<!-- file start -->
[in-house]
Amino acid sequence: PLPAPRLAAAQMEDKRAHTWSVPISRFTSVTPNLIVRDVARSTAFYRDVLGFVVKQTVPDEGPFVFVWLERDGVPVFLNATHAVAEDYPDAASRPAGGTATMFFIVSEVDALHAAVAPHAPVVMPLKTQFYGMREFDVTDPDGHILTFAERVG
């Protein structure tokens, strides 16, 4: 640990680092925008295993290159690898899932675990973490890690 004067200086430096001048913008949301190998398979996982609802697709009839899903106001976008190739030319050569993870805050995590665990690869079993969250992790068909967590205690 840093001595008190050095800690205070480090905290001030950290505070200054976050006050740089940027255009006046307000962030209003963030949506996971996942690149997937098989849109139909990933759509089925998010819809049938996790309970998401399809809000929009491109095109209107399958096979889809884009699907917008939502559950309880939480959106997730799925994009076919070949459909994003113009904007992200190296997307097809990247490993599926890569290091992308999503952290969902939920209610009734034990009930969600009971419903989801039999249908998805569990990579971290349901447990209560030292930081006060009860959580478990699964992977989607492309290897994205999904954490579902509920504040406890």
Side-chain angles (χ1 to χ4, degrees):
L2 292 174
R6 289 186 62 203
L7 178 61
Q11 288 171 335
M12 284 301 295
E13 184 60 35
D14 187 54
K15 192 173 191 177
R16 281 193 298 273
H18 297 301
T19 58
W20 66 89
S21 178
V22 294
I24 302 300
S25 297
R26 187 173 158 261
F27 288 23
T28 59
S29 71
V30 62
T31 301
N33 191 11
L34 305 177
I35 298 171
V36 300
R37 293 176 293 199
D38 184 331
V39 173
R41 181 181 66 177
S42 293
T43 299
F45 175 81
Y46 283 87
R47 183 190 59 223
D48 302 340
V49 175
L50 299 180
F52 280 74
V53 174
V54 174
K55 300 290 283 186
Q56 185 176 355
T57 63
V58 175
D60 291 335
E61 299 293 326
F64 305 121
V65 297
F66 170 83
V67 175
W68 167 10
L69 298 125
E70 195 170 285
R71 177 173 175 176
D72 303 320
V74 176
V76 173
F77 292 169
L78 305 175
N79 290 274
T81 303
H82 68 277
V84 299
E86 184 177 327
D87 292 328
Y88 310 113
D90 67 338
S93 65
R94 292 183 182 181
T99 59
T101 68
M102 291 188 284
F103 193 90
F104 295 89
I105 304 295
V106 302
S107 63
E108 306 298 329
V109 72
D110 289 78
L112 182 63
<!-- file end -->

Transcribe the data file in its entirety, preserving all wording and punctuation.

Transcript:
[in-house]
Amino acid sequence: PLPAPRLAAAQMEDKRAHTWSVPISRFTSVTPNLIVRDVARSTAFYRDVLGFVVKQTVPDEGPFVFVWLERDGVPVFLNATHAVAEDYPDAASRPAGGTATMFFIVSEVDALHAAVAPHAPVVMPLKTQFYGMREFDVTDPDGHILTFAERVG
């Protein structure tokens, strides 16, 4: 640990680092925008295993290159690898899932675990973490890690 004067200086430096001048913008949301190998398979996982609802697709009839899903106001976008190739030319050569993870805050995590665990690869079993969250992790068909967590205690 840093001595008190050095800690205070480090905290001030950290505070200054976050006050740089940027255009006046307000962030209003963030949506996971996942690149997937098989849109139909990933759509089925998010819809049938996790309970998401399809809000929009491109095109209107399958096979889809884009699907917008939502559950309880939480959106997730799925994009076919070949459909994003113009904007992200190296997307097809990247490993599926890569290091992308999503952290969902939920209610009734034990009930969600009971419903989801039999249908998805569990990579971290349901447990209560030292930081006060009860959580478990699964992977989607492309290897994205999904954490579902509920504040406890």
Side-chain angles (χ1 to χ4, degrees):
L2 292 174
R6 289 186 62 203
L7 178 61
Q11 288 171 335
M12 284 301 295
E13 184 60 35
D14 187 54
K15 192 173 191 177
R16 281 193 298 273
H18 297 301
T19 58
W20 66 89
S21 178
V22 294
I24 302 300
S25 297
R26 187 173 158 261
F27 288 23
T28 59
S29 71
V30 62
T31 301
N33 191 11
L34 305 177
I35 298 171
V36 300
R37 293 176 293 199
D38 184 331
V39 173
R41 181 181 66 177
S42 293
T43 299
F45 175 81
Y46 283 87
R47 183 190 59 223
D48 302 340
V49 175
L50 299 180
F52 280 74
V53 174
V54 174
K55 300 290 283 186
Q56 185 176 355
T57 63
V58 175
D60 291 335
E61 299 293 326
F64 305 121
V65 297
F66 170 83
V67 175
W68 167 10
L69 298 125
E70 195 170 285
R71 177 173 175 176
D72 303 320
V74 176
V76 173
F77 292 169
L78 305 175
N79 290 274
T81 303
H82 68 277
V84 299
E86 184 177 327
D87 292 328
Y88 310 113
D90 67 338
S93 65
R94 292 183 182 181
T99 59
T101 68
M102 291 188 284
F103 193 90
F104 295 89
I105 304 295
V106 302
S107 63
E108 306 298 329
V109 72
D110 289 78
L112 182 63